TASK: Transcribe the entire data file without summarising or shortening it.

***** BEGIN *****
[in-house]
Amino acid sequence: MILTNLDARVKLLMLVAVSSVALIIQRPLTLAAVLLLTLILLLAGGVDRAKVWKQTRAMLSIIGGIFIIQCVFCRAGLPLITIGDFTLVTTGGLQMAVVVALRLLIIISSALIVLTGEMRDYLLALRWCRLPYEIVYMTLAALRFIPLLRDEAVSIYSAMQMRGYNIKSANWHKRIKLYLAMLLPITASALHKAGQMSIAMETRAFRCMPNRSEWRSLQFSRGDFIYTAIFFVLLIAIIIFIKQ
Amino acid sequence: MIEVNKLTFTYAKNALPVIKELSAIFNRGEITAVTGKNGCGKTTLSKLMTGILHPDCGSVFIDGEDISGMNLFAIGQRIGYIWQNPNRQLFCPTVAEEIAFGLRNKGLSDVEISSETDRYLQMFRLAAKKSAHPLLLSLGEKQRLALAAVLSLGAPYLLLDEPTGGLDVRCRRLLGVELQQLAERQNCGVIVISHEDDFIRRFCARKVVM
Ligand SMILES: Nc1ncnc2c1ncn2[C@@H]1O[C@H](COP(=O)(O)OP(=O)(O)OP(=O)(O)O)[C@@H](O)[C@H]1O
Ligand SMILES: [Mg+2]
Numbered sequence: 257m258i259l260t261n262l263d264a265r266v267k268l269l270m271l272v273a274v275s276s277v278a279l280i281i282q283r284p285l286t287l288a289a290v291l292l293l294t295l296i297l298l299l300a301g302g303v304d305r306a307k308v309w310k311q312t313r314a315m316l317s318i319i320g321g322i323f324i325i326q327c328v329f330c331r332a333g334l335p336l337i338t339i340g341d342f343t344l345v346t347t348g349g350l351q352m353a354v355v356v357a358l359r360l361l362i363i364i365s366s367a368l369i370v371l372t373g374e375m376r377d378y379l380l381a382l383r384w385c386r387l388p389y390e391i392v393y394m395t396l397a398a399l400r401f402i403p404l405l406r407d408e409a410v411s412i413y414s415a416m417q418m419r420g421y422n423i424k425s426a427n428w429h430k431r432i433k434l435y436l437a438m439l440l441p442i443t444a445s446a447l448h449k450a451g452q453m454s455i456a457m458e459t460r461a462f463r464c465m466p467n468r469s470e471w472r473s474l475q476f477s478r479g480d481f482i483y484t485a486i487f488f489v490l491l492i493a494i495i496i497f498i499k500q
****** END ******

[in-house]
Amino acid sequence: MILTNLDARVKLLMLVAVSSVALIIQRPLTLAAVLLLTLILLLAGGVDRAKVWKQTRAMLSIIGGIFIIQCVFCRAGLPLITIGDFTLVTTGGLQMAVVVALRLLIIISSALIVLTGEMRDYLLALRWCRLPYEIVYMTLAALRFIPLLRDEAVSIYSAMQMRGYNIKSANWHKRIKLYLAMLLPITASALHKAGQMSIAMETRAFRCMPNRSEWRSLQFSRGDFIYTAIFFVLLIAIIIFIKQ
Amino acid sequence: MIEVNKLTFTYAKNALPVIKELSAIFNRGEITAVTGKNGCGKTTLSKLMTGILHPDCGSVFIDGEDISGMNLFAIGQRIGYIWQNPNRQLFCPTVAEEIAFGLRNKGLSDVEISSETDRYLQMFRLAAKKSAHPLLLSLGEKQRLALAAVLSLGAPYLLLDEPTGGLDVRCRRLLGVELQQLAERQNCGVIVISHEDDFIRRFCARKVVM
Ligand SMILES: Nc1ncnc2c1ncn2[C@@H]1O[C@H](COP(=O)(O)OP(=O)(O)OP(=O)(O)O)[C@@H](O)[C@H]1O
Ligand SMILES: [Mg+2]
Numbered sequence: 257m258i259l260t261n262l263d264a265r266v267k268l269l270m271l272v273a274v275s276s277v278a279l280i281i282q283r284p285l286t287l288a289a290v291l292l293l294t295l296i297l298l299l300a301g302g303v304d305r306a307k308v309w310k311q312t313r314a315m316l317s318i319i320g321g322i323f324i325i326q327c328v329f330c331r332a333g334l335p336l337i338t339i340g341d342f343t344l345v346t347t348g349g350l351q352m353a354v355v356v357a358l359r360l361l362i363i364i365s366s367a368l369i370v371l372t373g374e375m376r377d378y379l380l381a382l383r384w385c386r387l388p389y390e391i392v393y394m395t396l397a398a399l400r401f402i403p404l405l406r407d408e409a410v411s412i413y414s415a416m417q418m419r420g421y422n423i424k425s426a427n428w429h430k431r432i433k434l435y436l437a438m439l440l441p442i443t444a445s446a447l448h449k450a451g452q453m454s455i456a457m458e459t460r461a462f463r464c465m466p467n468r469s470e471w472r473s474l475q476f477s478r479g480d481f482i483y484t485a486i487f488f489v490l491l492i493a494i495i496i497f498i499k500q